Public Health Department inspector Rob Acquista explaining health and safety practices.
It all started with an email from Mary, a reporter at The Columbus Dispatch, the local newspaper in my town. "We are looking to have a health inspector examine a home kitchen the way they might a professional kitchen," she said. And she had immediately thought of me — not because I have a dirty kitchen, she hastened to add, but because I write about food and, she said, I seemed "like the kind of person who might be game for this."
Oh really? Let a health inspector run his gloved fingers over my kitchen? Was I brave enough? I couldn't turn down a dare, and a few weeks later two city health inspectors, a photographer, and a reporter showed up at my door. Here's what happened.
As you might imagine, I scrubbed my kitchen that morning. I swept the floor, cleaned the sink, and threw out anything suspicious in the refrigerator. I like clean surfaces in my kitchen, but let's be honest — the floor is usually a little grimy and there's often something sticky in the back of the fridge. I cook all the time; it's hard to keep the kitchen pristine.
Just as I was getting ready to clean out the sink, Mary showed up with Rob Acquista, a genial and talkative inspector from the Public Health Department, and I took a deep breath.
I am not quite sure what I expected. I knew that there were many things that my kitchen wouldn't have that are required in restaurant kitchens, like a separate sink for handwashing and a bucket full of rags in sanitary solution. And indeed, Rob hardly mentioned details like these.
We talked through meat storage (keeping meat away from other foods in the fridge — even dedicating a drawer just to meat). Then we moved on to food storage at room temperature. Did you know, for instance, that it's not a good idea to leave cooked rice at room temperature? Rice can grow a toxin called Bacillus cereus which can make you very sick, and it's not destroyed by reheating. It's best to immediately store cooked rice in the refrigerator.
As Rob moved through my kitchen, asking questions and looking at how I cook, I got the clear sense that a real health and safety inspection is much less about the surfaces or even the amount of dirt on the floor. It's far more about how you handle food.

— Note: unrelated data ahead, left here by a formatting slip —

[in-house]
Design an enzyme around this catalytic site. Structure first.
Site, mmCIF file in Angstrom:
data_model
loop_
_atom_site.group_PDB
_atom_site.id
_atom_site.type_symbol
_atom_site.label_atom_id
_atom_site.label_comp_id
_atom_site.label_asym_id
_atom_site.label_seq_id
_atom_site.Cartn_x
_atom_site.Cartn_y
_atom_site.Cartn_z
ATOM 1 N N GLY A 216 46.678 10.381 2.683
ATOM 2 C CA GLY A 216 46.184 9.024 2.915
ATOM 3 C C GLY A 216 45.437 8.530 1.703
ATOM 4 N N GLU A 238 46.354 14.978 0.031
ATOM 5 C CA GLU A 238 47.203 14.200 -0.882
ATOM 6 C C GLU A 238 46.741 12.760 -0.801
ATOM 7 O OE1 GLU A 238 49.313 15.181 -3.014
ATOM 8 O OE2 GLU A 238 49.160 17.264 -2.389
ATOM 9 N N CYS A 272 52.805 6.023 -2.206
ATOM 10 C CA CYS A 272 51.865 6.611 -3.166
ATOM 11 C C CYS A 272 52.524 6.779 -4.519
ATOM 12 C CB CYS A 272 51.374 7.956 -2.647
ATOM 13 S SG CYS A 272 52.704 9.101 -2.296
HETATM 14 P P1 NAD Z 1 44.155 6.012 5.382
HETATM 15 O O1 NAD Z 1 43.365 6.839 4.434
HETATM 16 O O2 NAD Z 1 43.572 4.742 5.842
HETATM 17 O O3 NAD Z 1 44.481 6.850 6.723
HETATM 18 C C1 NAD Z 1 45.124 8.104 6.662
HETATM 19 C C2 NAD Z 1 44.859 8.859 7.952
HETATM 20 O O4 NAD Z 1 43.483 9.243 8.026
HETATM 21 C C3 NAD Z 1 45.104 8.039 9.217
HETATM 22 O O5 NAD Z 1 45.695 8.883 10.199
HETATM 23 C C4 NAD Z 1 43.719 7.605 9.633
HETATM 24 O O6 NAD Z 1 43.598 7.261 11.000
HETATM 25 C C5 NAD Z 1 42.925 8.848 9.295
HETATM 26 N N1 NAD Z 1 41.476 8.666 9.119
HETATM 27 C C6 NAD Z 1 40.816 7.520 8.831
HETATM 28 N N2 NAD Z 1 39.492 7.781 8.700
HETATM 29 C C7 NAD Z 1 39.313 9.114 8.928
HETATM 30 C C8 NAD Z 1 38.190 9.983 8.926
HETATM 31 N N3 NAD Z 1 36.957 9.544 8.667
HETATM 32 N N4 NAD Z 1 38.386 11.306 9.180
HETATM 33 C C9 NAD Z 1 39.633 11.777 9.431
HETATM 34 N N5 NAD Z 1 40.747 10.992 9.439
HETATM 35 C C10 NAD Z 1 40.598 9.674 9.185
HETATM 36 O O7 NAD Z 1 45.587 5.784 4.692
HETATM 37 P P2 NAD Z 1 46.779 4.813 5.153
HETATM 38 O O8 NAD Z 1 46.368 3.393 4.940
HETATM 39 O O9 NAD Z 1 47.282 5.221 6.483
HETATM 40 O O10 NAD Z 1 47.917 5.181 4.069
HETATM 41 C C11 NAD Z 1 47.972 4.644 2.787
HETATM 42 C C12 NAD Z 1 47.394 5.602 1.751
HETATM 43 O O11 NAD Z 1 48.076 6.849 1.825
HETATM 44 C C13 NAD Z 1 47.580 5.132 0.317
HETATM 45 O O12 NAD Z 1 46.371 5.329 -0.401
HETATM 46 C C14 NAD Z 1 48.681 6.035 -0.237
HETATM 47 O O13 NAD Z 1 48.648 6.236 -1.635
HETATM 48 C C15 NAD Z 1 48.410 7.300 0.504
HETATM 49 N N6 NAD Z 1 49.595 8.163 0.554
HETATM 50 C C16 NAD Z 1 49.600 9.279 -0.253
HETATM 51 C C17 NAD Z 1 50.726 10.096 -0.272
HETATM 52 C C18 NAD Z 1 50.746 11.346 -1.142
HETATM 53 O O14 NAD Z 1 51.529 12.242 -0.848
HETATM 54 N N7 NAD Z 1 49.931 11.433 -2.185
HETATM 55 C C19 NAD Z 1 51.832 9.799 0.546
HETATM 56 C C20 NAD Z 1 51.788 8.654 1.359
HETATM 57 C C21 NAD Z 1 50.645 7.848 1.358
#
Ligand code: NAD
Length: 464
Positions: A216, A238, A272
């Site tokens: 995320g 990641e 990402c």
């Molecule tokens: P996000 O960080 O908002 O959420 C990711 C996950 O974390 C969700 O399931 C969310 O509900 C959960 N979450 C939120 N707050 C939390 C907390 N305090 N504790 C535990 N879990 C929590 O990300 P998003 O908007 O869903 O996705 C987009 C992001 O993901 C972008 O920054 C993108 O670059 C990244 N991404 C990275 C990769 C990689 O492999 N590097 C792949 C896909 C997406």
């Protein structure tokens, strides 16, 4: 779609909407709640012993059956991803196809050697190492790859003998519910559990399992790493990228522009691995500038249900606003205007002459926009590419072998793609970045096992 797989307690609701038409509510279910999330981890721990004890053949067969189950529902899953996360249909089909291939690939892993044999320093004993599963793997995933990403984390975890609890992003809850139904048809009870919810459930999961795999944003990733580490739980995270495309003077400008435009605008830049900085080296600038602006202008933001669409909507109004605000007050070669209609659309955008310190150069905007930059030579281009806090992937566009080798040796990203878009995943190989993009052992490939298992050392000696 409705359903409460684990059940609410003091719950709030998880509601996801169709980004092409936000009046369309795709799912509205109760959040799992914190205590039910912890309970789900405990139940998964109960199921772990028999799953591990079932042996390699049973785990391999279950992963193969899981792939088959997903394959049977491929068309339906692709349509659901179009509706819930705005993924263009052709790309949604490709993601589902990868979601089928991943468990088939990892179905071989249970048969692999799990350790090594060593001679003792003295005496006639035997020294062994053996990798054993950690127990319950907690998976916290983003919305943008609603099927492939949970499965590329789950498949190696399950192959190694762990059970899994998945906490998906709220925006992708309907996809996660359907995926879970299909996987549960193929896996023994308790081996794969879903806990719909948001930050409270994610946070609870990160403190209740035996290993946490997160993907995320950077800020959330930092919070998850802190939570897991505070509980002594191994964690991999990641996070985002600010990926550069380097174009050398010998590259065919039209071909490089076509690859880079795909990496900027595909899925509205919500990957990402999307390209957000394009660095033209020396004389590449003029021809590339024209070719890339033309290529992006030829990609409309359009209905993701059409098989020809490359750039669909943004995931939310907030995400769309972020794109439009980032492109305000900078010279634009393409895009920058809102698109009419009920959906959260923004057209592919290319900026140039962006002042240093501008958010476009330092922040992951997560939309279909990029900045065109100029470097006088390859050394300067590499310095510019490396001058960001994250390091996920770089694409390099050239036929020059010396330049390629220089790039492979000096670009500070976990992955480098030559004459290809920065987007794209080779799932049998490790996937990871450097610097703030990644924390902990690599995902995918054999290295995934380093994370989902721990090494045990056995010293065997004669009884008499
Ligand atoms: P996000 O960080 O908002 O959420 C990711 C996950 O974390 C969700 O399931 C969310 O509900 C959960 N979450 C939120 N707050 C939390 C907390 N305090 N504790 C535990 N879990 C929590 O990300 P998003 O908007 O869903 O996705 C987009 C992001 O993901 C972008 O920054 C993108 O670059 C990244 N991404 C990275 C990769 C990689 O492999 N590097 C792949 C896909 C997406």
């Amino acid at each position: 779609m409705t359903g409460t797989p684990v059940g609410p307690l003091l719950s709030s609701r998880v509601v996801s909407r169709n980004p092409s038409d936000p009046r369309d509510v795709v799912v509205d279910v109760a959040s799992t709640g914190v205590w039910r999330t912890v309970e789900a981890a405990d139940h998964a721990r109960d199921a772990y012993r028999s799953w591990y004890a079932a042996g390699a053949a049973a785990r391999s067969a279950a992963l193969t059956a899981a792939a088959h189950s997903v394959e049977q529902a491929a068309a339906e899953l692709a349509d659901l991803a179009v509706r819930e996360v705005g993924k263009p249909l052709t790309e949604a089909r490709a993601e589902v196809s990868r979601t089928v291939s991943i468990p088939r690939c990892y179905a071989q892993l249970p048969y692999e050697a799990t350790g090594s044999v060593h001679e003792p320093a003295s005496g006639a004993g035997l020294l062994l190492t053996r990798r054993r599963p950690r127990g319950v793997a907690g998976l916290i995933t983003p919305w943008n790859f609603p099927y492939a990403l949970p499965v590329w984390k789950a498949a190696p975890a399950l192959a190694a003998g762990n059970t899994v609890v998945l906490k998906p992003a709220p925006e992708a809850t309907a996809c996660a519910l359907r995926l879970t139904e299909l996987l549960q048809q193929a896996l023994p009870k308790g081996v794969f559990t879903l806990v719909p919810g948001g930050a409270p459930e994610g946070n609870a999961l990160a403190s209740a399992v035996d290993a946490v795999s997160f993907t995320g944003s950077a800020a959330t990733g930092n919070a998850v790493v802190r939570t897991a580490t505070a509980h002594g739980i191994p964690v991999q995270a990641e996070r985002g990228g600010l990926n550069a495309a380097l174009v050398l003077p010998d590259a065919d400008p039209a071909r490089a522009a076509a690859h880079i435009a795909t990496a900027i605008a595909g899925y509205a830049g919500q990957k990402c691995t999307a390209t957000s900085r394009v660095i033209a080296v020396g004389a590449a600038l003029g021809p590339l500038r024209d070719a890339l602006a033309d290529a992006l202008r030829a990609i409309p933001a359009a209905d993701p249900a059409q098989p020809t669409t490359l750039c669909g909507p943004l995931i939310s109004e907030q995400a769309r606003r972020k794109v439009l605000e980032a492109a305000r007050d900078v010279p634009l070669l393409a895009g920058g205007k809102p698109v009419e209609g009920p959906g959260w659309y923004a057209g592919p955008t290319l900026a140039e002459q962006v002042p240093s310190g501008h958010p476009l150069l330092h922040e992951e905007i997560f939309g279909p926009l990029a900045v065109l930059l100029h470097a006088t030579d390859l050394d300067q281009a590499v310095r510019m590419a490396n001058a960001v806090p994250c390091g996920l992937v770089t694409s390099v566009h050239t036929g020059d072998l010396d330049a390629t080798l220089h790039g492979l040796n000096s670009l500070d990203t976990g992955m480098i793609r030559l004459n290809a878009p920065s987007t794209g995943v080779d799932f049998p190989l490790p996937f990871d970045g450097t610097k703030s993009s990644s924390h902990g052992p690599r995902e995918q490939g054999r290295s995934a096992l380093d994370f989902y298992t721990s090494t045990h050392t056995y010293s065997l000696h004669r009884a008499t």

Frequent handwashing, proper food storage, and getting cooked food to a safe temperature in the right amount of time are three of the most important health practices in the kitchen.
3 Takeaways from My Kitchen Inspection
Here are three more things I learned in my chat with Rob and the rest of the team. Do any of these surprise you?
- The real rules for getting food into a safe temperature zone are not as difficult as I thought they were. This is one thing that I am usually quite careful about in cooking — getting food into a cooler environment after cooking. But I learned, to my pleasant surprise, that the safety rules for this are actually less demanding than I thought. Rob said that the official recommendation is to cool food from 135°F (or over) to 70°F within two hours. You can use ice baths or ice paddles — anything to cool that food quickly. But after that you have four more hours for the food to cool to the final 41°F or less. That first temperature zone, from 135°F to 70°F, is where the primary amount of bacteria growth happens; it's the danger zone.
I had thought I had just a couple hours to get food all the way down to 41°F, and I often stressed if I found soup still lukewarm in the fridge a few hours after cooking. But these rules are actually more relaxed and yet linked to good data about what actually causes infection or sickness.
- Don't leave cut fruits and vegetables at room temperature. As soon as a fruit has been cut open, Rob explained, its integrity has been breached and it can breed germs and toxins. This is a pretty extreme rule for those of us who leave plum halves or slices of peach lingering on the windowsill for eating later. But it's not fearmongering; some of the worst outbreaks of food poisoning have been traced back to melon or other fruit in salad bars, sitting at room temperature. It's a prudent practice to put cut fruit and vegetables in the refrigerator.
- Use rags or dishcloths instead of sponges. This, along with the refrigerator thermometer, is one of the few kitchen setup (as opposed to food handling) tips that I took away from the inspection. Rob practically shuddered when he saw the dishwashing sponge in my sink. He picked it up between two fingers and said that he sees sponges as bacteria breeding grounds; germs just get into those little holes and camp out. He stopped short of saying that I should throw out all my sponges, but he does prefer to use rags and launder them frequently.
In the end, I think I came out of my kitchen inspection pretty well; no one checked my windowsills for dust or mentioned the water rings on the table. Instead, it was a fascinating discussion of what matters in kitchen health and safety, and which things a home cook should actually be concerned about.
Read the full article → Could your kitchen pass inspection? by Mary Nguyen at The Columbus Dispatch
Are any of those notes surprises to you? I consider myself a fairly clean cook, and yet I am not really a germ-phobe; I try to concentrate on the truly major points of staying healthy in the kitchen, while not getting paranoid about every little thing. The inspection reinforced the things I prioritize while also making me a little more attentive to other details.
What are the major points of kitchen health and safety for you? What are you especially careful about?
(Images: Faith Durand)